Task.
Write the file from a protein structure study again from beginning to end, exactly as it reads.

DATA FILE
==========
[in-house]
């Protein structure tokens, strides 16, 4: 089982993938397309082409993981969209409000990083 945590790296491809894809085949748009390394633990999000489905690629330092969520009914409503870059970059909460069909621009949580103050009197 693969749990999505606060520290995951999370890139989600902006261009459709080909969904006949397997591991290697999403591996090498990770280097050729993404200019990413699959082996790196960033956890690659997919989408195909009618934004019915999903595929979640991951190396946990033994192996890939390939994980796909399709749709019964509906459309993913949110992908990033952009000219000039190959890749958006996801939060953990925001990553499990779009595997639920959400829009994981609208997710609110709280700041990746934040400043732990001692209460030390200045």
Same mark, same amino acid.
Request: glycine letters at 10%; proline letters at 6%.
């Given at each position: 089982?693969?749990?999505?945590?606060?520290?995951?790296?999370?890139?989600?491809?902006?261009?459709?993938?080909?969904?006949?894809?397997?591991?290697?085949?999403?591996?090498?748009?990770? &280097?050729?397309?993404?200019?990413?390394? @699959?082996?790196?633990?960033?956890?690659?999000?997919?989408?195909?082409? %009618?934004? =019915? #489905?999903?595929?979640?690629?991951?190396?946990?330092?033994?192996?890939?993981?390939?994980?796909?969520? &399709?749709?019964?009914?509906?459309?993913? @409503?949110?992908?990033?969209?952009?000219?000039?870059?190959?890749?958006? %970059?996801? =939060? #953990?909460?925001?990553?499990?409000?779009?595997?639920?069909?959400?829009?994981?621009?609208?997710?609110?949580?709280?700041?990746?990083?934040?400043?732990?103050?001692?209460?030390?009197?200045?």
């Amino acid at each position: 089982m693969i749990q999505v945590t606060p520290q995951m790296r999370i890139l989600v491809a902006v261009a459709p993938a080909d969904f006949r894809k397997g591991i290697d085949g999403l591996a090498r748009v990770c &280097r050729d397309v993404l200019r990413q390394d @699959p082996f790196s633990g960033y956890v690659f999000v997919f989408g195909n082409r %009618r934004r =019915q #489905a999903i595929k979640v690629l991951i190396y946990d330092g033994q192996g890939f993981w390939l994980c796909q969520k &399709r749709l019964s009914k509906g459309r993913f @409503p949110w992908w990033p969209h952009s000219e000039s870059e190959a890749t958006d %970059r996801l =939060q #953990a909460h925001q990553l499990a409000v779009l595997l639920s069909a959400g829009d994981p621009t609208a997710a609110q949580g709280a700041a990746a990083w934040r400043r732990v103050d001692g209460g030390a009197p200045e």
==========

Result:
[in-house]
């Protein structure tokens, strides 16, 4: 089982993938397309082409993981969209409000990083 945590790296491809894809085949748009390394633990999000489905690629330092969520009914409503870059970059909460069909621009949580103050009197 693969749990999505606060520290995951999370890139989600902006261009459709080909969904006949397997591991290697999403591996090498990770280097050729993404200019990413699959082996790196960033956890690659997919989408195909009618934004019915999903595929979640991951190396946990033994192996890939390939994980796909399709749709019964509906459309993913949110992908990033952009000219000039190959890749958006996801939060953990925001990553499990779009595997639920959400829009994981609208997710609110709280700041990746934040400043732990001692209460030390200045």
Same mark, same amino acid.
Request: glycine letters at 10%; proline letters at 6%.
């Given at each position: 089982?693969?749990?999505?945590?606060?520290?995951?790296?999370?890139?989600?491809?902006?261009?459709?993938?080909?969904?006949?894809?397997?591991?290697?085949?999403?591996?090498?748009?990770? &280097?050729?397309?993404?200019?990413?390394? @699959?082996?790196?633990?960033?956890?690659?999000?997919?989408?195909?082409? %009618?934004? =019915? #489905?999903?595929?979640?690629?991951?190396?946990?330092?033994?192996?890939?993981?390939?994980?796909?969520? &399709?749709?019964?009914?509906?459309?993913? @409503?949110?992908?990033?969209?952009?000219?000039?870059?190959?890749?958006? %970059?996801? =939060? #953990?909460?925001?990553?499990?409000?779009?595997?639920?069909?959400?829009?994981?621009?609208?997710?609110?949580?709280?700041?990746?990083?934040?400043?732990?103050?001692?209460?030390?009197?200045?």
């Amino acid at each position: 089982m693969i749990q999505v945590t606060p520290q995951m790296r999370i890139l989600v491809a902006v261009a459709p993938a080909d969904f006949r894809k397997g591991i290697d085949g999403l591996a090498r748009v990770c &280097r050729d397309v993404l200019r990413q390394d @699959p082996f790196s633990g960033y956890v690659f999000v997919f989408g195909n082409r %009618r934004r =019915q #489905a999903i595929k979640v690629l991951i190396y946990d330092g033994q192996g890939f993981w390939l994980c796909q969520k &399709r749709l019964s009914k509906g459309r993913f @409503p949110w992908w990033p969209h952009s000219e000039s870059e190959a890749t958006d %970059r996801l =939060q #953990a909460h925001q990553l499990a409000v779009l595997l639920s069909a959400g829009d994981p621009t609208a997710a609110q949580g709280a700041a990746a990083w934040r400043r732990v103050d001692g209460g030390a009197p200045e």